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Islip Bulletin. (Brentwood, N.Y.) 1962-current, October 21, 1971, Image 14

Image and text provided by Suffolk Cooperative Library System

Persistent link: http://nyshistoricnewspapers.org/lccn/sn95071007/1971-10-21/ed-1/seq-14/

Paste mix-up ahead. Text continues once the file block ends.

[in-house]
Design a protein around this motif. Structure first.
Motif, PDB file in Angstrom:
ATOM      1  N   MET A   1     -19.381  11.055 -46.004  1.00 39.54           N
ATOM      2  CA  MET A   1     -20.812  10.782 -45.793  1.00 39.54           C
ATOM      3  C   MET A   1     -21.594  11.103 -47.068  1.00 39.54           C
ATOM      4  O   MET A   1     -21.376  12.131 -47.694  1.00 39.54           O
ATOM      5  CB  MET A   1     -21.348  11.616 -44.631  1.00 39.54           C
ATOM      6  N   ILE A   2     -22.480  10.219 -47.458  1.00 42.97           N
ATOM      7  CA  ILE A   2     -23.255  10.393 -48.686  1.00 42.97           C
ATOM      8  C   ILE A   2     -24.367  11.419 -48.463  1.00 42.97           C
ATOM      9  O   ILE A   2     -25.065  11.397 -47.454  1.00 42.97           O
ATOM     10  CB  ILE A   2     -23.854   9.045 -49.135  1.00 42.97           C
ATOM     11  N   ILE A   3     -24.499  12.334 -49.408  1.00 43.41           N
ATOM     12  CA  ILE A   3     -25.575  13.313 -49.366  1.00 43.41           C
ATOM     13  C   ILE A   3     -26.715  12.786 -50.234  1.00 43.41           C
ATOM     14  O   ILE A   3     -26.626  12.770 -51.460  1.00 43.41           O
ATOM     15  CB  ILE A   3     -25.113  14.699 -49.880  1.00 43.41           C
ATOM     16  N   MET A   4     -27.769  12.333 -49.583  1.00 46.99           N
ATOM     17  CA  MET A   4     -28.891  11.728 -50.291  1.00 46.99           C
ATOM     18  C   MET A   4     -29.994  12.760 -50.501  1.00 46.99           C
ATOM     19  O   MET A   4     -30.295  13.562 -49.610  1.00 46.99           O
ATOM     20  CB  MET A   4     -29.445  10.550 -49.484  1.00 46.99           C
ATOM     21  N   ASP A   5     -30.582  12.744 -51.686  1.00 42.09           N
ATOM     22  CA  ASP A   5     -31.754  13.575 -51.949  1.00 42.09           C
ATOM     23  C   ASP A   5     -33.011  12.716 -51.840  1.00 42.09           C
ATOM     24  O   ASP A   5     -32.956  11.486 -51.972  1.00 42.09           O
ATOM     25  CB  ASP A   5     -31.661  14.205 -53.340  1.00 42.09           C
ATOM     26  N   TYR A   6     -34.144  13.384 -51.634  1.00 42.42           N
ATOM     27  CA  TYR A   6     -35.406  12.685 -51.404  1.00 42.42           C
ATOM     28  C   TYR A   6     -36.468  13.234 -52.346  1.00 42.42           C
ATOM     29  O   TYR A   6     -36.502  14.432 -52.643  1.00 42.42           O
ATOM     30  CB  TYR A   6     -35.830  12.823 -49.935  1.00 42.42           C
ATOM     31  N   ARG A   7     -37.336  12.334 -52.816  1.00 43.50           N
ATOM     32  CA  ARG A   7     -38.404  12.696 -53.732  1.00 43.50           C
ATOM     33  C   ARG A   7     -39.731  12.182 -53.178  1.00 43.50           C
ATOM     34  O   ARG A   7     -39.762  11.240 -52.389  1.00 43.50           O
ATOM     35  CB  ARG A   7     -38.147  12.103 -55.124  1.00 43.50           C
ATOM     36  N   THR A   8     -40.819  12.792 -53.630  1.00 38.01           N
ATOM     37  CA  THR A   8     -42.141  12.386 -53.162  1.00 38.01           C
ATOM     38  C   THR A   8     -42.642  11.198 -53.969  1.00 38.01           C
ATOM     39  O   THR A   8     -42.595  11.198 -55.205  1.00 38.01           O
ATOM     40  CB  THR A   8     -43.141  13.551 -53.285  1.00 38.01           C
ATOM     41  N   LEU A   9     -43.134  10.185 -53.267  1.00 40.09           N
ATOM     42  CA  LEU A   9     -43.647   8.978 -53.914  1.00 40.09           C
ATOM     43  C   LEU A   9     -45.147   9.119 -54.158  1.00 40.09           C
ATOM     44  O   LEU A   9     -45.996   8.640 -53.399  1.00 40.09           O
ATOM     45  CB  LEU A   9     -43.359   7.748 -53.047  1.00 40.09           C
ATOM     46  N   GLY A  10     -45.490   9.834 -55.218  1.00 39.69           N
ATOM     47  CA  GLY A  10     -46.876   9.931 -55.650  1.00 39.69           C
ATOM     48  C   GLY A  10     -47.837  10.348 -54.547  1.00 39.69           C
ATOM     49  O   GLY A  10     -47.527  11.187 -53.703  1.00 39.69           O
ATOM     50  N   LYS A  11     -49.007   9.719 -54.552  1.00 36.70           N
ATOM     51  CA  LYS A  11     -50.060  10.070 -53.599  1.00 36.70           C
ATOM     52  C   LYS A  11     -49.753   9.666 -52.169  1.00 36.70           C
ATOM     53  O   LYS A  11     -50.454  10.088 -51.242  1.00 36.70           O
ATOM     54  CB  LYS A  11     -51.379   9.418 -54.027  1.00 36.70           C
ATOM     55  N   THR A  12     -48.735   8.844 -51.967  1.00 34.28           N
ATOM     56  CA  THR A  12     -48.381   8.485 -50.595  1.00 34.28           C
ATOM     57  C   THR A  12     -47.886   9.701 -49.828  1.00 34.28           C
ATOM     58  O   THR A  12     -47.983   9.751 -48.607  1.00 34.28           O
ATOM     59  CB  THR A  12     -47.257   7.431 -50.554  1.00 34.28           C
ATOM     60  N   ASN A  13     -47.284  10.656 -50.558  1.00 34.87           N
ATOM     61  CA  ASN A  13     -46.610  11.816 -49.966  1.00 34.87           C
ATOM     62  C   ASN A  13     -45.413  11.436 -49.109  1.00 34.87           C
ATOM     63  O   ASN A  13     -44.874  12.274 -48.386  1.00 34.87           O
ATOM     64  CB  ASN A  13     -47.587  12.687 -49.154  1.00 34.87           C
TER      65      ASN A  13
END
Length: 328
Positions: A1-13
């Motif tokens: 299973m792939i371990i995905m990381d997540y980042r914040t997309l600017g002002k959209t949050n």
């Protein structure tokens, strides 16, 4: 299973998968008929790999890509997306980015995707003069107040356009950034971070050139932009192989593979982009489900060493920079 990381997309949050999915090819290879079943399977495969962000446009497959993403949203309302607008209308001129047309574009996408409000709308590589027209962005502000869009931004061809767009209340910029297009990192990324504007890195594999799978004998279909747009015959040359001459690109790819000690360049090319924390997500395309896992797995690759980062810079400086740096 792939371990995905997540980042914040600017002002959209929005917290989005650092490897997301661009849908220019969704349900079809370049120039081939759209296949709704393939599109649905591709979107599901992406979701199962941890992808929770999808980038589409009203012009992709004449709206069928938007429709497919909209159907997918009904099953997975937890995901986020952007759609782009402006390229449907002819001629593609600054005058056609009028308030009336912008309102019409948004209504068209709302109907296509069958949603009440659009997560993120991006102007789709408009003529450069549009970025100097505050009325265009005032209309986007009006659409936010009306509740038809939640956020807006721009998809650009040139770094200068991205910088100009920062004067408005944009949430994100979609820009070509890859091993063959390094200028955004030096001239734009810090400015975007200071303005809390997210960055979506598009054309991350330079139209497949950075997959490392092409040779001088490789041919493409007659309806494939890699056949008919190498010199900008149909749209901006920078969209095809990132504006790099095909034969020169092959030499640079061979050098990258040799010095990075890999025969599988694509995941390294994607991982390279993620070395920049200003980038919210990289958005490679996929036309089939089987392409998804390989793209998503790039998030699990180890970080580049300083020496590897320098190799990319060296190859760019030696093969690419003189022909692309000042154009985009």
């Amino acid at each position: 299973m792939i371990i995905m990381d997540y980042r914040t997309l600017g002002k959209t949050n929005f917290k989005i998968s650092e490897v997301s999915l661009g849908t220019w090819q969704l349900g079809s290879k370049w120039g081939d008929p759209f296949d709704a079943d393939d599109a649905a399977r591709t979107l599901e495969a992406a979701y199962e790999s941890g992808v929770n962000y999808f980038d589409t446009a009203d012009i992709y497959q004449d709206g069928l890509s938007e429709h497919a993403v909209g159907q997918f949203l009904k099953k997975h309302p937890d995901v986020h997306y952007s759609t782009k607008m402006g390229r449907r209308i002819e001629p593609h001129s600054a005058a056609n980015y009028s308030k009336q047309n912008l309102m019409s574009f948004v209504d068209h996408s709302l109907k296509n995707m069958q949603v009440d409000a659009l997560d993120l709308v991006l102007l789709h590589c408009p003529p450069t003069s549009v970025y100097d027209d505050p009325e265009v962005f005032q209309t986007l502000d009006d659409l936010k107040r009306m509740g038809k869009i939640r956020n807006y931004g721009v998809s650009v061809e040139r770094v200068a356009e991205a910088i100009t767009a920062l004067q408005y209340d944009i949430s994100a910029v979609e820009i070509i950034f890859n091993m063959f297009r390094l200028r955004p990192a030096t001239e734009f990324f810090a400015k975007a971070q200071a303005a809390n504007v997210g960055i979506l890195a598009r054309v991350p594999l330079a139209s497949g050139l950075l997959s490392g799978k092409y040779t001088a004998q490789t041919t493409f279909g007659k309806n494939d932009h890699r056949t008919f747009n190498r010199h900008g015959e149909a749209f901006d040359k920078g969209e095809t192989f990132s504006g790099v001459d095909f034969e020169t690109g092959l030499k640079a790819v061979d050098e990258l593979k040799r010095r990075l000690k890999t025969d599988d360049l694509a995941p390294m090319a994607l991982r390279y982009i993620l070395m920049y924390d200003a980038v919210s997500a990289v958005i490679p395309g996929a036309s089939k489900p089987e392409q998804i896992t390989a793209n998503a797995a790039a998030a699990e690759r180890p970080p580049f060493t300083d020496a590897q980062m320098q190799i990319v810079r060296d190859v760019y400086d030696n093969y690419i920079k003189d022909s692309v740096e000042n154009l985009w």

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Honoring Our Veterans n? ISLIP TOWN Es^ pS^r^n \ , y BULLETIN ^? EDITORIAL PAH Islip town will join the rest of the na tion in observing Veterans ' Day on Oct. 25. Thi s special day of remember- ance had its beginning as Armistice Day marking the end of World War 1 on Nov . 11 , more than half a century ago. It is now the day in which we honor all veterans of the Armed Forces. This year , of course , we should honor our veterans doubly because of thei r thankless task in fighting a dangerous and frustrating war in Vietnam. Unlike veterans of previous periods in our history, those returning from Vietnam will find no brass bands awa- iting them , but a nation preoccupied with dissension and confusion over - economic and social troubles. These troubles would assume far more reasonable proportions if the respect for our nation , which is implicit in Veterans ' Day, could enjoy a rebirth. A part of that respect can be redeemed by observing Veterans ' Day in the spirit in which it was conceived by patriotic Americans of over half a century ago. There was no question then of the greatness of our nati on , its purposes nor the quality of its citizens. We should realize tha t wha t was true then is true now. There is no grea ter nation than the Uni ted Sta tes. Th ose who have served in its mili ta ry forces are symbolic of everything in - which fre e men believe - the Christian ideals of personal liberty, the rule of law and the sanctity of the hom e and the indiv idual. There is no better time to pay homage to all of these safeguards of human dignity and freedom and to the members of the Armed Forces who have helped to preserve them than on Veterans ' Day. Old Mecmy - Goose Killer George Meany, labor ' s mean old spoilspor t , has been leading a chorus of screaming liberals in crying for a freeze on corp orate profits. In so doing, he is proving himself an utter ass. And this isn 't good for a 77-year- old man who ough t to be off somewhere enjoying the fruits of his labor. A freeze on corporate profits as advocated by Meany and assorted \liberal\ politicans and \ economists \ coul d put the economy into a stra i t- jacket that could lead to strangulation . It would not help by any stretch of imagination in solving our twin problem s of inflation and unemployment. The truth is that profi t margins (on a percentage of sales ) have been shrinking steadil y over the past five years and in 1970 reached a 20-yea r low. Meanwhile , employee com- pensation per man-hour has increased three-and-one-half times faster than out put per man-hour in the same five-year period. Whatever policy for price stabilization is devised for phase two of the Nixon economic policy, there must be ways to make adjustments for wage increases based solidly on productivity and for price increases which reflect increased costs. At the same time it would be downright silly to put on an \ excess profits \ tax to penalize productive investment at a time when more and more job s are needed. It is time for Mr Meany to realize that wha t he really has in min d is killing the goose—a goose that has been damn good to labor. He should also recognize that without teamwork there can be no progress . Parkway Police Again? Long Island State Parkway police are at it again but changing their tactics from 1968' s job action - a super- enforcem ent drive issuing tickets righ t and left as remembered well by many drivers. This time they are refusing to write summonses for traffic offenses unless another of their department' s present , and insisting on various other demands all desig ned to evert pressure for speedy merger with the county police of Suffolk and Nassau Counties. As in the past summer ' s refusal of lifeguards to work , the cop ' s pressure campaign is doomed to failure because they know they can 't force the issue , solution of which lie s with the two counties and the State . For this reason , among others , the so-called \job action \ is ridiculous , not .vorthy of any considera tion. Their list of 30-odd grievances , drawn up as a \declaration \ in bally hoo fashion to gain publicity was , and is , ludicrous. Theabsardi tj >f the effor t to dictate terms to the Park Commission as to how they will and will not work is reminiscent of the lifeguard' s tactics and would be laughable if the public were not again caught in the middle wondering when such affronts by public employees will cease. As in the lifeguard' s ill-conceived action , the parkway police are completely out of o rder. They are discrediting themselves and deserve public rebuke. In Shorter Vein Defensiv e drivers learn to \ give a little \ when faced with dangerous traffic situations. The Portland , Oregon , Traffic Safety Commission says the dangerous driver is the guy who demands and takes his right-of- way - regardless. After ihe NFL Game of the Week , Monday Night Football the World Series , we 'll have a family reunion . Report From WASHINGTON Rep. Otis Pike Last week in Washington was one of some confusion as to what the House would consider A proposed constitutional amend- ment relative to giving women equal rights with men was removed from the calendar and replaced with the bill to extend the poverty program At the last minute the bill to extend the poverty program was removed from the calendar and replaced with a bill to extend the Peace Corps The latter passed by a voice vole , but both of the former two are quite controversial , and there will be much sound and fu ry before either of them is passed Nothing since the Lockheed loan act has stirred up as much lobbying activity as the Con- stitutional amendment on equal rights for women The question of how we do , and should , treat our women has created some strange bedfellows The original amendment offered by Congresswoman Martha Grif- fiths said very flatly and simply that there should be no difference whatsoever between the treat- ment men get and the treatment women get under our laws Today there are more than 1000 Federal and State laws which either allow , or demand , dif ferent treatment The Judiciary Committee amended Mrs Griffiths ' amendmen t to say in essence that women should be treated equally except where the law says they should be treated differently, such as in not being dra fted, and in laws designed to protect women ' s health and safely Mrs Griffiths and many women ' s organizations are op posing the amendment , saying they don ' t want equality with a condition , they want equality with an exclamation point For the women with an ex clamation point have lined up not only most of the militant women ' s groups but also the National Education Association , some church groups and two major unions For the women with a condition are the AFL-C10 and the National Council of Catholic \Women The vo te on whether women should have simple equality or equality plus is expected to be close Every member of Congress who knows how to count is , obviously for the women , and I assure them that when 1 cast my vote on this very controversial issue I will be , too NO TEAMWORK , NO PROGRESS